God made a way for his Son to come into this world to save us and that message still rings true today, even for those living in prison – both real and emotional. Recently, Gerry and I reminisced about our first Christmas together with me “behind bars.” On December 24th and 25th of 2009, God orchestrated one of our most memorable Christmas’s. I have had many wonderful holidays, but this one will be engraved in my heart forever. It all took place in the visiting room at Pekin Illinois Federal Prison for Women. Gerry, my loyal husband, drove 1,000 miles round trip, in a snow storm, from Duluth, Minnesota to Pekin Illinois to be with me on Christmas Eve and Christmas day. In addition, my sister-in-law Elizabeth (Gerry’s sister) and her husband Vinnie flew in from New York City in a blizzard, to be part of this family gathering. We had a wonderful time visiting, telling jokes, laughing and eating more than anyone can imagine out of vending machines! We chatted with many friends, loved ones and family members of my fellow inmates who also made it for a Christmas visit with their incarcerated loved one. I can recall one moment when I glanced around the visiting room, seeing the smiles, hearing the laughter, watching the hugs, seeing children and grandchildren of inmates playing together and becoming so overwhelmed by the intense love overshadowing what can be a dark place. I thought to myself, “Wow God, this is beautiful, only you can arrange this scenario. Thank you for showing me that love really knows no bounds, even in prison.” That was only part of what I experienced during my first Christmas in prison.
After visiting was over and we said our goodbyes to our loved ones; my fellow inmates and I headed back to our respective living units. There were various groups of women having their own prison style Christmas gatherings while others were struggling to just make it the through the day. My roommate Iveth, a beautiful sister in Christ, had a special way of making this day brighter for many inmates who had no visitors, received no mail, and often times did not have anyone putting money into their commissary account to buy the very basics like soap, shampoo and toothpaste. Weeks before Christmas, Iveth would organize and seek help from those of us fortunate enough to be able to share what we had with those who had absolutely nothing. She sought the help of others to make Christmas meaningful for those who were searching for hope in a cold meaningless place. Many ladies would give even when they did not have enough for themselves. We would decorate in unique and creative ways; the various pods of our sisters and load the unsuspecting recipient’s bunk with an array of gifts purchased from commissary. This would be done in a discrete manner and was always a blessing for both the beneficiary and the anonymous giver. “Secret Santa in the slammer”…who would have thought!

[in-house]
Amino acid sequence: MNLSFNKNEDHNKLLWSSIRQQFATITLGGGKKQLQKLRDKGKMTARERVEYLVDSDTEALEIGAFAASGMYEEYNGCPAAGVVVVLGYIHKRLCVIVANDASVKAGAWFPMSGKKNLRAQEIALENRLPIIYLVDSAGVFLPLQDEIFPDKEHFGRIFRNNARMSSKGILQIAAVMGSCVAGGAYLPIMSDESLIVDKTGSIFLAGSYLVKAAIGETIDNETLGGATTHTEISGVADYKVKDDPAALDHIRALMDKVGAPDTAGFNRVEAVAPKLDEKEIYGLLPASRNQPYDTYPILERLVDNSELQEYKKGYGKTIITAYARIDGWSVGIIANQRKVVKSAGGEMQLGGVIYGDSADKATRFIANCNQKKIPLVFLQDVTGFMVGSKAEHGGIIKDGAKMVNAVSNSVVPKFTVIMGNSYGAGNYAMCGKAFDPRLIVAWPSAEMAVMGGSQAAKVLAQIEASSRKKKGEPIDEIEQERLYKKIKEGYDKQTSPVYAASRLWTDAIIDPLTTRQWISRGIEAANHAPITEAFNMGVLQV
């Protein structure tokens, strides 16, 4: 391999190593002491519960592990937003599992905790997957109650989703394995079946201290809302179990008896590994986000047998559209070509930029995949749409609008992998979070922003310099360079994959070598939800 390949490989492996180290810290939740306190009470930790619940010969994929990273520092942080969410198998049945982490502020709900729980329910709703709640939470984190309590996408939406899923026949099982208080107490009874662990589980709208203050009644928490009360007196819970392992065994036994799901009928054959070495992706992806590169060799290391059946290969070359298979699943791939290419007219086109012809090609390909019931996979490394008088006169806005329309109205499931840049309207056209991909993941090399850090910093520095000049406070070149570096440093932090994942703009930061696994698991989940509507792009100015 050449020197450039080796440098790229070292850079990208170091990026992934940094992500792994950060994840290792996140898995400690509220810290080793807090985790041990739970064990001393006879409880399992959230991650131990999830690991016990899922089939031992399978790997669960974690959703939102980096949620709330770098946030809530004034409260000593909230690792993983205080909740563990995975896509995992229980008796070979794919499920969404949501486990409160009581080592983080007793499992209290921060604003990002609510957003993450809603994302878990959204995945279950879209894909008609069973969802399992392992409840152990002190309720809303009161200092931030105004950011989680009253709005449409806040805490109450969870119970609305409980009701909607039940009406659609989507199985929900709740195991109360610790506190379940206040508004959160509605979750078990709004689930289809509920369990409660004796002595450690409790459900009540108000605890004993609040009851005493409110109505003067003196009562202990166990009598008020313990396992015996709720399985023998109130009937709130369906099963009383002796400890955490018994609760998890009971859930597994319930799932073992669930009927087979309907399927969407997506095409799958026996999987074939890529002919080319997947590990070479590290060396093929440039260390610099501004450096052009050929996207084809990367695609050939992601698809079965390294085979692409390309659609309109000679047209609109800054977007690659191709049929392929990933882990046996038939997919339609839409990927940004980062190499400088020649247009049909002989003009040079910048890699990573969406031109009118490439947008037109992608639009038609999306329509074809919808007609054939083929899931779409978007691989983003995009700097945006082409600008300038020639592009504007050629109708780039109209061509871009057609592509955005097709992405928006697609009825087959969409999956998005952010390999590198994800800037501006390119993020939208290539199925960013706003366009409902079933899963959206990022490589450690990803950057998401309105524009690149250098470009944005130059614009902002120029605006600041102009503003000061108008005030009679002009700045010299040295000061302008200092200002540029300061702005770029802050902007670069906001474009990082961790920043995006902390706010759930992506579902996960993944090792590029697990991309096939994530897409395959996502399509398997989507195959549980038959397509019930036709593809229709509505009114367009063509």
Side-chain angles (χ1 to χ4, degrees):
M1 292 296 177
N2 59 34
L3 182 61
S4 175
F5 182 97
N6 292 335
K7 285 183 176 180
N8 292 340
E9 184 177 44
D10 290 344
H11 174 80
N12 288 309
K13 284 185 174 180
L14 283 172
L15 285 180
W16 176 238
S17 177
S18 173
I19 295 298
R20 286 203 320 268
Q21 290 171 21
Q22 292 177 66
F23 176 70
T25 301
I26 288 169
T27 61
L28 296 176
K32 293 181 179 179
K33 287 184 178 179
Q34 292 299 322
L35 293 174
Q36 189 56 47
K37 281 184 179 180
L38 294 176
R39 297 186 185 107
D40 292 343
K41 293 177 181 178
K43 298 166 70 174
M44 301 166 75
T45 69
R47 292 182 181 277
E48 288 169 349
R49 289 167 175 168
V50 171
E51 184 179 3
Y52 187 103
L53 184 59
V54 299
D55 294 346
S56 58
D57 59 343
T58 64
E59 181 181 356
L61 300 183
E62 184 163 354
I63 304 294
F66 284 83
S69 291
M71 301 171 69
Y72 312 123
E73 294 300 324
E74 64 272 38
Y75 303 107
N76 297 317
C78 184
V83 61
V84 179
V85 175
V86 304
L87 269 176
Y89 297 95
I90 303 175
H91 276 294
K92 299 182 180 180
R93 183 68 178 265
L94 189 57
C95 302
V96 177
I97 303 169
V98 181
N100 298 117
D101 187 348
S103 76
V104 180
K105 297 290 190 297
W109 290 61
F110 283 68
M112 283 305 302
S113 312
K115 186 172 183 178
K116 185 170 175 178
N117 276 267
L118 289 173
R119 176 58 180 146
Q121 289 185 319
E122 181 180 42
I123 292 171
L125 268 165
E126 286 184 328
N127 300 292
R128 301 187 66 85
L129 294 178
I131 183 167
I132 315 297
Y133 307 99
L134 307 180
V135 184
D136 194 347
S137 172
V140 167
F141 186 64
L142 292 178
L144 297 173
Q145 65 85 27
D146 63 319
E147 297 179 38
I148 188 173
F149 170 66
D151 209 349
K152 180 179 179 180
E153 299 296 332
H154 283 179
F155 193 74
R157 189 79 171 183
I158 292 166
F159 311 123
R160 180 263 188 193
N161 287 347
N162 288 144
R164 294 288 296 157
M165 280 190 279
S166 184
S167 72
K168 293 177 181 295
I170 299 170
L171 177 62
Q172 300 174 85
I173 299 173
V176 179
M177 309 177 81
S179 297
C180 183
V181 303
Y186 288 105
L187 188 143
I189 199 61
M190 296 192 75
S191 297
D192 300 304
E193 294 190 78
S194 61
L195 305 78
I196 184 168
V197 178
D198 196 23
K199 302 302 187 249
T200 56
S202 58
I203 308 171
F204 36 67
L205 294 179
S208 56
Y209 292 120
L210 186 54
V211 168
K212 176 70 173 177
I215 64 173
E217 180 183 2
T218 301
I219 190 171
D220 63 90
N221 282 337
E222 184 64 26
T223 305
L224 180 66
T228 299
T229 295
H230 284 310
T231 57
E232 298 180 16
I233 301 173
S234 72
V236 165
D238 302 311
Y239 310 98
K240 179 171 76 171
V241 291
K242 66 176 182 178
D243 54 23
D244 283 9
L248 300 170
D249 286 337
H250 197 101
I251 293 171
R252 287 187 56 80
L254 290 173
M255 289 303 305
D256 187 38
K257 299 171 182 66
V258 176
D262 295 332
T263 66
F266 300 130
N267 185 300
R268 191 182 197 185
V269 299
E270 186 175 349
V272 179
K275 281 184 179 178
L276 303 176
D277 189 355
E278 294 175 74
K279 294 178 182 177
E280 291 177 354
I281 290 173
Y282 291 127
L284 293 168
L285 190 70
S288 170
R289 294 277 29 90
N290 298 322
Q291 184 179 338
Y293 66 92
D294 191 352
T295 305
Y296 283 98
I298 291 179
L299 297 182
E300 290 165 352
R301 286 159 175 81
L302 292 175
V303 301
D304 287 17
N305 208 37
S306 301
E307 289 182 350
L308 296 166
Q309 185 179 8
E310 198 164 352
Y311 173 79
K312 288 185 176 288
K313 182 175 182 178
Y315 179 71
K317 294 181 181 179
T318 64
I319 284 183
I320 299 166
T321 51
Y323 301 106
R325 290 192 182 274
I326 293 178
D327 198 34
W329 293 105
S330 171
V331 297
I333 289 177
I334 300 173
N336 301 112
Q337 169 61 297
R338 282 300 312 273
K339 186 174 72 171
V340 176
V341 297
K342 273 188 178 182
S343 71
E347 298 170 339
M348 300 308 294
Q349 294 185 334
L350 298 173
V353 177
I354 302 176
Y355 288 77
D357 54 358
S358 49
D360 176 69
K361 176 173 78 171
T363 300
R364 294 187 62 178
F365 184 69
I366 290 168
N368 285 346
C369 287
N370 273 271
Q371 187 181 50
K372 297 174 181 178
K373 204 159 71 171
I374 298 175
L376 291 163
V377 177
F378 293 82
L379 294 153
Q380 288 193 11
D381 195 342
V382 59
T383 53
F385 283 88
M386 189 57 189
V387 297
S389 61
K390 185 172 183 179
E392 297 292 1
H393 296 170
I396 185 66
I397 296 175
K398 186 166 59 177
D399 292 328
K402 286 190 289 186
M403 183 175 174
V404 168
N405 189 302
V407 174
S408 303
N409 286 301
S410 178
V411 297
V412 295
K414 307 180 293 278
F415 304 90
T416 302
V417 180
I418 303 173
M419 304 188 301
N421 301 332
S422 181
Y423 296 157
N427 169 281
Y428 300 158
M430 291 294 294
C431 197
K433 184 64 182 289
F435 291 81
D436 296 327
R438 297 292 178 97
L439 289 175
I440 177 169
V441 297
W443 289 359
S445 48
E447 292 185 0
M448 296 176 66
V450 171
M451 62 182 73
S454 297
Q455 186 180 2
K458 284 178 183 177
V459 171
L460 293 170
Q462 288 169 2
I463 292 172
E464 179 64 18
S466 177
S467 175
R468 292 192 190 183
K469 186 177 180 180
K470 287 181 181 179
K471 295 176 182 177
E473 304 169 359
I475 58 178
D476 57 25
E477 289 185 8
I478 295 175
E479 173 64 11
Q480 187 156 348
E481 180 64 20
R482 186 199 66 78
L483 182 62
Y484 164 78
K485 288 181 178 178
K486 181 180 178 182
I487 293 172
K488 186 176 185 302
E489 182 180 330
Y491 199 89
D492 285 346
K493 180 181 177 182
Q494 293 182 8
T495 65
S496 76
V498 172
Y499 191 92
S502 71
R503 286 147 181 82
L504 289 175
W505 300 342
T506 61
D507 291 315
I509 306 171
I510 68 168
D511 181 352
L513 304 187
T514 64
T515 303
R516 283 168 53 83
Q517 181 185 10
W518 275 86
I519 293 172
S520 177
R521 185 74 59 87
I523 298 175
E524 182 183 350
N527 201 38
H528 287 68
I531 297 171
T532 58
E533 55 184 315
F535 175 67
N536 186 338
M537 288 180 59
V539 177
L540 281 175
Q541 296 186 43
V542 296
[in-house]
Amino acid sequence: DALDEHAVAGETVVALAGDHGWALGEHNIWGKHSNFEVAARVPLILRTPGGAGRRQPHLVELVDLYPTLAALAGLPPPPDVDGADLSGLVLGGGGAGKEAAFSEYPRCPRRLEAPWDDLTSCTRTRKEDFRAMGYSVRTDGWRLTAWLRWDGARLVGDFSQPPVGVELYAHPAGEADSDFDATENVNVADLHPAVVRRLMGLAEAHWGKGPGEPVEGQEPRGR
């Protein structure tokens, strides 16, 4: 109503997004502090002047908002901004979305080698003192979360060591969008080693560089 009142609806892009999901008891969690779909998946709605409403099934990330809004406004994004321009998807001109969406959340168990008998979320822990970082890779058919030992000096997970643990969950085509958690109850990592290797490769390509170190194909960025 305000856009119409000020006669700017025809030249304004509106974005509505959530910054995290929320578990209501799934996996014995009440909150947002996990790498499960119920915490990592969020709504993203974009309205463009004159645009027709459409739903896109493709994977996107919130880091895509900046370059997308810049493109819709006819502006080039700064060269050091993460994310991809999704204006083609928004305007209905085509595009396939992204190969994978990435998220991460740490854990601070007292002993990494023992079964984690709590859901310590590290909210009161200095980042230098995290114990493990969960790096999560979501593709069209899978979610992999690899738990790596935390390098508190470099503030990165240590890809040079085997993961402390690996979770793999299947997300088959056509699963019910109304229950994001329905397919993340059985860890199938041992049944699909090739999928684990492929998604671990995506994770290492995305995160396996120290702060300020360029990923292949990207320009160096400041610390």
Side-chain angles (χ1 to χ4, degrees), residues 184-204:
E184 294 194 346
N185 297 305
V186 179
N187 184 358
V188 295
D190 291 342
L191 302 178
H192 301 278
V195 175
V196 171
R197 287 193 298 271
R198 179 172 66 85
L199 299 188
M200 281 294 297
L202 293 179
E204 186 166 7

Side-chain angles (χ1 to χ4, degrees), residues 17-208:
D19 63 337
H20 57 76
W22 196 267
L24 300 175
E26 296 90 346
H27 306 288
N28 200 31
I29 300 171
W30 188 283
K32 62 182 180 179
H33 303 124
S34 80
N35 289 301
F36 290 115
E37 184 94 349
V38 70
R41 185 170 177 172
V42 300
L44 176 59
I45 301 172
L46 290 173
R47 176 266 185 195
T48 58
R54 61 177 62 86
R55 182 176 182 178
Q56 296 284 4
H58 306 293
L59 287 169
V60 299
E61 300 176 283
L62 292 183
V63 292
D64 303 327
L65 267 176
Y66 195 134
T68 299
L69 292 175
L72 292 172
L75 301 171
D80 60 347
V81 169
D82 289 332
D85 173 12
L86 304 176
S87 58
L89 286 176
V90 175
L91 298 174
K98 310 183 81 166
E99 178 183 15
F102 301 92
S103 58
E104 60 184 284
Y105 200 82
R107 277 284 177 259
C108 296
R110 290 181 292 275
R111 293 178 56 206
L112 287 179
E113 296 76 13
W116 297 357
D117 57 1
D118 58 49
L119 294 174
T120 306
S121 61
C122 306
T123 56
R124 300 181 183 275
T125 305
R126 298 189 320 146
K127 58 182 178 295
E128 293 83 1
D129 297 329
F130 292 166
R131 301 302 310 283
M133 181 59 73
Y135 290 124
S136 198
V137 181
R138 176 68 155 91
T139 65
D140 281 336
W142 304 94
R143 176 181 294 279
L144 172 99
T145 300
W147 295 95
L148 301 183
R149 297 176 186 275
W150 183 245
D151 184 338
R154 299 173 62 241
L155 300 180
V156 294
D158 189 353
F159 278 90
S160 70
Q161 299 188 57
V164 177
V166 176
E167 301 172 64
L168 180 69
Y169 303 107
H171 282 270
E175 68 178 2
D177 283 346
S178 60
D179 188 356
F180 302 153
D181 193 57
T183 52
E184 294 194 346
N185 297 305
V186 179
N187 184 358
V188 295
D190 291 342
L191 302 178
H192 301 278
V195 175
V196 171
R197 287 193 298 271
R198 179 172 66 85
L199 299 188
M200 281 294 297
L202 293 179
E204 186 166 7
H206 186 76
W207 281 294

For those who probably are curious, a pod is a ten by eight foot room with six foot high beige block walls, no door, shared by three women, privacy does not exist. Crammed into this small space are a desk and metal chair, one single bed, a bunk bed and three small lockers to store what little possessions one has in prison.
There are two living units on the Pekin camp compound, each unit is named after a state and has four wings or “alleys.” Each alley has a long hallway going down the center with eight pods on each side, a total of sixteen pods per alley, forty-eight ladies per alley or two-hundred ladies per living unit. I lived on the “400” alley in the “Nebraska” living Unit. My internal prison address was #401, Upper Bunk; that was home. My “pod mates” and I got along fairly well despite the close living quarters and differences in age, culture, education and life experiences. We really were “Three Peas in a Pod.”
Getting back to Christmas behind bars, I was fortunate to worship with many sisters in Christ and celebrate the birth of Jesus. Imagine if you will a chapel “packed out” on Christmas with inmates. It was incredibly beautiful to listen to the female inmates who made up our Pekin Prison Church Choir; using no instruments, just the sound of their gifted voices singing and praising God for the gift of His Son. There were tears, heartache, and pain but there was also love and support shared by one another during a time of sorrow for many. Yet, in the midst of this pain, we still had joy knowing we have been redeemed because of our sins Jesus took on Himself, for all of us to have freedom in Christ.
Maybe you are living in a personal prison; held captive by some form of pain and the holidays just seem to intensify it. I know the feeling, I have been there. However, you have a choice to make; you can choose joy or you can choose pain. I decided to choose joy, despite my circumstances, and in the end it was the better path to take. Remember Jesus said in His word; “In this world you will have trouble. But take heart! I have overcome the world.” (John 16:33).
It has been more than two years since my release from prison; yet as Christmas draws near I find myself missing my sisters who are still “behind bars.” I pray for them and their families often and as strange as it may sound to others, I will always treasure the beautiful memories God gave me in the midst of my life’s darkest season – prison.
May the love of Christ penetrate you; bringing you hope and freedom to the dark places in your life. God bless you and Merry Christmas!